Genealogical research in the United States was first systematized in the early 19th century, especially by John Farmer (1789–1838). Before Farmer's efforts, tracing one's genealogy was seen as an attempt by colonists to secure a measure of social standing within the British Empire, an aim that was counter to the new republic's egalitarian, future-oriented ethos. As Fourth of July celebrations commemorating the Founding Fathers and the heroes of the Revolutionary War became increasingly popular, however, the pursuit of 'antiquarianism,' which focused on local history, became acceptable as a way to honor the achievements of early Americans. Farmer capitalized on the acceptability of antiquarianism to frame genealogy within the early republic's ideological framework of pride in one's American ancestors. He corresponded with other antiquarians in New England, where antiquarianism and genealogy were well established, and became a coordinator, booster, and contributor to the growing movement. In the 1820s, he and fellow antiquarians began to produce genealogical and antiquarian tracts in earnest, slowly gaining a devoted audience among the American people. Though Farmer died in 1839, his efforts led to the creation of the New England Historic Genealogical Society (NEHGS), one of New England's oldest and most prominent organizations dedicated to the preservation of public records. NEHGS publishes the New England Historical and Genealogical Register.
The Genealogical Society of Utah, founded in 1894, later became the Family History Department of the Church of Jesus Christ of Latter-day Saints (LDS). The department's research facility, the Family History Library, which has developed the most extensive genealogical record-gathering program in the world, was established to assist in tracing family lineages for special religious ceremonies which LDS adherents believe will seal family units together for eternity. LDS members believe that this fulfilled a biblical prophecy stating that the prophet Elijah would return to "turn the heart of the fathers to the children, and the heart of the children to their fathers." There is a network of LDS Family History Centers all over the country and around the world, where volunteers assist the public with tracing their ancestors.
Family Name in Genealogy
Family names are simultaneously one of the most important pieces of genealogical information, and a source of significant confusion for researchers.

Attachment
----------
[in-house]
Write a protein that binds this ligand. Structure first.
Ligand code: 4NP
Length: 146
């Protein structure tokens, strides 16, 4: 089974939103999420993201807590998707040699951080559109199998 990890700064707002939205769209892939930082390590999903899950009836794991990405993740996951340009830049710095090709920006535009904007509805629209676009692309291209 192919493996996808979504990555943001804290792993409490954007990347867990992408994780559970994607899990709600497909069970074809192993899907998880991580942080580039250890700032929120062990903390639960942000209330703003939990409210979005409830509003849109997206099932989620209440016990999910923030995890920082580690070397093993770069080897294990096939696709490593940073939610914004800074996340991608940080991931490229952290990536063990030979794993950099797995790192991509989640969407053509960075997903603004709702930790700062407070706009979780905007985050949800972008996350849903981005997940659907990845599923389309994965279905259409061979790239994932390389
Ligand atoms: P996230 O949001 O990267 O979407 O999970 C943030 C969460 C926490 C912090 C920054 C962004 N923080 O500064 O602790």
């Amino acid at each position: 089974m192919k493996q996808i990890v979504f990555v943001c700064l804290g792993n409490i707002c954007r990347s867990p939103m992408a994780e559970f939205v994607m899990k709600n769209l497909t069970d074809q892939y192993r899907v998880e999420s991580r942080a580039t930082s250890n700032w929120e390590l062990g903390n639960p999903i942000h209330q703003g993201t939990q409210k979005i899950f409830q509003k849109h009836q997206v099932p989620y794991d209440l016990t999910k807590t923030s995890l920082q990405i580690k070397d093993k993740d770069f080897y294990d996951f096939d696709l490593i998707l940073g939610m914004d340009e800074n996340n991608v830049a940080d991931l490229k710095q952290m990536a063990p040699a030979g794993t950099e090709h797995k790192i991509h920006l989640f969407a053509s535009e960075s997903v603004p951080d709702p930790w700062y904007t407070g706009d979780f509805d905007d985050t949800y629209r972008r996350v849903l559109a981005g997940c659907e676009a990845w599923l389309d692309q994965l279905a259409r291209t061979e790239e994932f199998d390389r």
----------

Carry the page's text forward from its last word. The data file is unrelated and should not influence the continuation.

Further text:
In many cultures, the name of a person refers to the family to which he or she belongs. This is called the family name, surname, or last name. Patronymics are names that identify an individual based on the father's name. For example, Marga Olafsdottir is Marga, daughter of Olaf, and Olaf Thorsson is Olaf, son of Thor. Many cultures used patronymics before surnames were adopted or came into use. The Dutch in New York, for example, used the patronymic system of names until 1687 when the advent of English rule mandated surname usage. In Iceland, patronymics are used by a majority of the population. In Denmark and Norway patronymics and farm names were generally in use through the 19th century and beyond, though surnames began to come into fashion toward the end of the 19th century in some parts of the country. Not until 1856 in Denmark and 1923 in Norway were there laws requiring surnames.
The transmission of names across generations, marriages and other relationships, and immigration may cause difficulty in genealogical research. For instance, women in many cultures have routinely used their spouse's surnames. When a woman remarried, she may have changed her name and the names of her children; only her name; or changed no names. Her birth name (maiden name) may be reflected in her children's middle names; her own middle name; or dropped entirely.Children may sometimes assume stepparent, foster parent, or adoptive parent names. Because official records may reflect many kinds of surname change, without explaining the underlying reason for the change, the correct identification of a person recorded identified with more than one name is challenging. Immigrants to America often Americanized their names.
Surname data may be found in trade directories, census returns, birth, death, and marriage records.